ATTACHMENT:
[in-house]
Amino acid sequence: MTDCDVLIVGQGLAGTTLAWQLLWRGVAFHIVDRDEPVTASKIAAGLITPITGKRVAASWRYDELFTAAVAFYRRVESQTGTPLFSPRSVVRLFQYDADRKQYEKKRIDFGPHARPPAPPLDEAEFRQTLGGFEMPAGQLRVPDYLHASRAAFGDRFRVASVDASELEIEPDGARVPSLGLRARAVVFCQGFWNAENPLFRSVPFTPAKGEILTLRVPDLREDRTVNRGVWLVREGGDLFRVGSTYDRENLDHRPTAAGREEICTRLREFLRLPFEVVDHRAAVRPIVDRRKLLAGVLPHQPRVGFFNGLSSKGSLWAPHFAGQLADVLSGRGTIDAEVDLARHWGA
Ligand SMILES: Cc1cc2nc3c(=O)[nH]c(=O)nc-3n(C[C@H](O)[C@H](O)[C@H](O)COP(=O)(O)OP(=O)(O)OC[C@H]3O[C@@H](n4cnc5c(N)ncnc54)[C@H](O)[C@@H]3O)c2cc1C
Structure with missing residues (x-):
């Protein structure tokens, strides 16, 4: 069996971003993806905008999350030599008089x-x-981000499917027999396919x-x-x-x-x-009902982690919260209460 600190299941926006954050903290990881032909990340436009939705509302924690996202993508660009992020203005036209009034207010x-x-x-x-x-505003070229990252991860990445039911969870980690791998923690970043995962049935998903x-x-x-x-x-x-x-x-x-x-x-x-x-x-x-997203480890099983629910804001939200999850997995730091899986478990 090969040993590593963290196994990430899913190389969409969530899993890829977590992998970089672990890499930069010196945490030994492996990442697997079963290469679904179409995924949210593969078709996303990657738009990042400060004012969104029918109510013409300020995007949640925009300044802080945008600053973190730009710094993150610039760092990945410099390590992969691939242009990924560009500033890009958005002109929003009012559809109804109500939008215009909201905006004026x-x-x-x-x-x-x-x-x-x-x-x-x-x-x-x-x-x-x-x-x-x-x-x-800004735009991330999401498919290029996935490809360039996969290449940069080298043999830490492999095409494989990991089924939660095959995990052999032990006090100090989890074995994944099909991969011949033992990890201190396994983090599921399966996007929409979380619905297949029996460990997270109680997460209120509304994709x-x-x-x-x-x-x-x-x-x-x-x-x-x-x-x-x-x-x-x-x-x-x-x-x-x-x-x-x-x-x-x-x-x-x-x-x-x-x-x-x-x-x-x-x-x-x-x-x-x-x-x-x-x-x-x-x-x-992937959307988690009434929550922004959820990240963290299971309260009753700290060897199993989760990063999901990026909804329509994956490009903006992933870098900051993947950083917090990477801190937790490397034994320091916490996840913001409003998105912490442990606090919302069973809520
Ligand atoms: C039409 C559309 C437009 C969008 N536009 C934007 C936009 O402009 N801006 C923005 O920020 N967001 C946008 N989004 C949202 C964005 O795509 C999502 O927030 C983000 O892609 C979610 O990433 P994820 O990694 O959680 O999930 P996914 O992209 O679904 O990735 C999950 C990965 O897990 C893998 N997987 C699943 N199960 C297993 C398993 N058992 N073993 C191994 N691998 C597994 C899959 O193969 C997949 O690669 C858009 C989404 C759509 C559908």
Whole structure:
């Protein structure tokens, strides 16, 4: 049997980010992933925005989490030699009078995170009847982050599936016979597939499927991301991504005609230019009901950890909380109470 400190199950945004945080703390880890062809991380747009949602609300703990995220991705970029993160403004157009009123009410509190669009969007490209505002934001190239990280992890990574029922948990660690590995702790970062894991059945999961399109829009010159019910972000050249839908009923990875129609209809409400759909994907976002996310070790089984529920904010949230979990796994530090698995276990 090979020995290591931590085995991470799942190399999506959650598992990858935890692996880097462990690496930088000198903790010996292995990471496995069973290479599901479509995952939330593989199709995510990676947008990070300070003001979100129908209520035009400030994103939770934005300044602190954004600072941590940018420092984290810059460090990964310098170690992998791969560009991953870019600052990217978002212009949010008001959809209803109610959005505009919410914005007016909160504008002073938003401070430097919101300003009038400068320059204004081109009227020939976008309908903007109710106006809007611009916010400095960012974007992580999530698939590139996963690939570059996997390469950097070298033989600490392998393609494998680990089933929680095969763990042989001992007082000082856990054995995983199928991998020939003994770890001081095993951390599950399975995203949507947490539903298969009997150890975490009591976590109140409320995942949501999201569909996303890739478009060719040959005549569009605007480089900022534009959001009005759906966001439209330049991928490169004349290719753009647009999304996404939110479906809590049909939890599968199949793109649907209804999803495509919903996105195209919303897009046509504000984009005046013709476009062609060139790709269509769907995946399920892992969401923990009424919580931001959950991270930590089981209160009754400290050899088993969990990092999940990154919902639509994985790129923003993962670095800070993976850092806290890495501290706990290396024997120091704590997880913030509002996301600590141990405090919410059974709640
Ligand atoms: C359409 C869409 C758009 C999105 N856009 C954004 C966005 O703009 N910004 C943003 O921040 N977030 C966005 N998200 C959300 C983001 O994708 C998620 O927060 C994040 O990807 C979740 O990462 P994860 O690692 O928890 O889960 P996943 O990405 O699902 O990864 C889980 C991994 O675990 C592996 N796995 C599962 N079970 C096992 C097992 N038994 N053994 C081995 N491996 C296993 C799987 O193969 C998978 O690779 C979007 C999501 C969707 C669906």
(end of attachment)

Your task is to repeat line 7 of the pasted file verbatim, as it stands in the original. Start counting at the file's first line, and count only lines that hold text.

Whole structure: